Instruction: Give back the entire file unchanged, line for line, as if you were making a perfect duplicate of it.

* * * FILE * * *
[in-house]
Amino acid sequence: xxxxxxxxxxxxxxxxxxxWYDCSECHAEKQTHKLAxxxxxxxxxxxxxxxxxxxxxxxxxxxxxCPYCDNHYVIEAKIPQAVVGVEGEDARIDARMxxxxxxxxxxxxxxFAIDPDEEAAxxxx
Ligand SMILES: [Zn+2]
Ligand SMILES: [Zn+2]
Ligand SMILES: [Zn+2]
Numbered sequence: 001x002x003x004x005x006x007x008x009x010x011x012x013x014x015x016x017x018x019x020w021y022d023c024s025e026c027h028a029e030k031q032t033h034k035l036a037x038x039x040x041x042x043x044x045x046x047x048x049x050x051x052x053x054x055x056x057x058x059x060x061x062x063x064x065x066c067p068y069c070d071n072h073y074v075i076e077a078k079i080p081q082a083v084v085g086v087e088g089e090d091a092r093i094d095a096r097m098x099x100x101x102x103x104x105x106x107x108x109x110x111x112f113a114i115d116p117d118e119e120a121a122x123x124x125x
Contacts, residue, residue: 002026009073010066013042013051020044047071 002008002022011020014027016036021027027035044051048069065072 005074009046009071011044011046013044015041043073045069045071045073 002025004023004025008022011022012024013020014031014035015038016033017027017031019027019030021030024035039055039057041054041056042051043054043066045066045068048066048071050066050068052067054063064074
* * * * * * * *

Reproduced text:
[in-house]
Amino acid sequence: xxxxxxxxxxxxxxxxxxxWYDCSECHAEKQTHKLAxxxxxxxxxxxxxxxxxxxxxxxxxxxxxCPYCDNHYVIEAKIPQAVVGVEGEDARIDARMxxxxxxxxxxxxxxFAIDPDEEAAxxxx
Ligand SMILES: [Zn+2]
Ligand SMILES: [Zn+2]
Ligand SMILES: [Zn+2]
Numbered sequence: 001x002x003x004x005x006x007x008x009x010x011x012x013x014x015x016x017x018x019x020w021y022d023c024s025e026c027h028a029e030k031q032t033h034k035l036a037x038x039x040x041x042x043x044x045x046x047x048x049x050x051x052x053x054x055x056x057x058x059x060x061x062x063x064x065x066c067p068y069c070d071n072h073y074v075i076e077a078k079i080p081q082a083v084v085g086v087e088g089e090d091a092r093i094d095a096r097m098x099x100x101x102x103x104x105x106x107x108x109x110x111x112f113a114i115d116p117d118e119e120a121a122x123x124x125x
Contacts, residue, residue: 002026009073010066013042013051020044047071 002008002022011020014027016036021027027035044051048069065072 005074009046009071011044011046013044015041043073045069045071045073 002025004023004025008022011022012024013020014031014035015038016033017027017031019027019030021030024035039055039057041054041056042051043054043066045066045068048066048071050066050068052067054063064074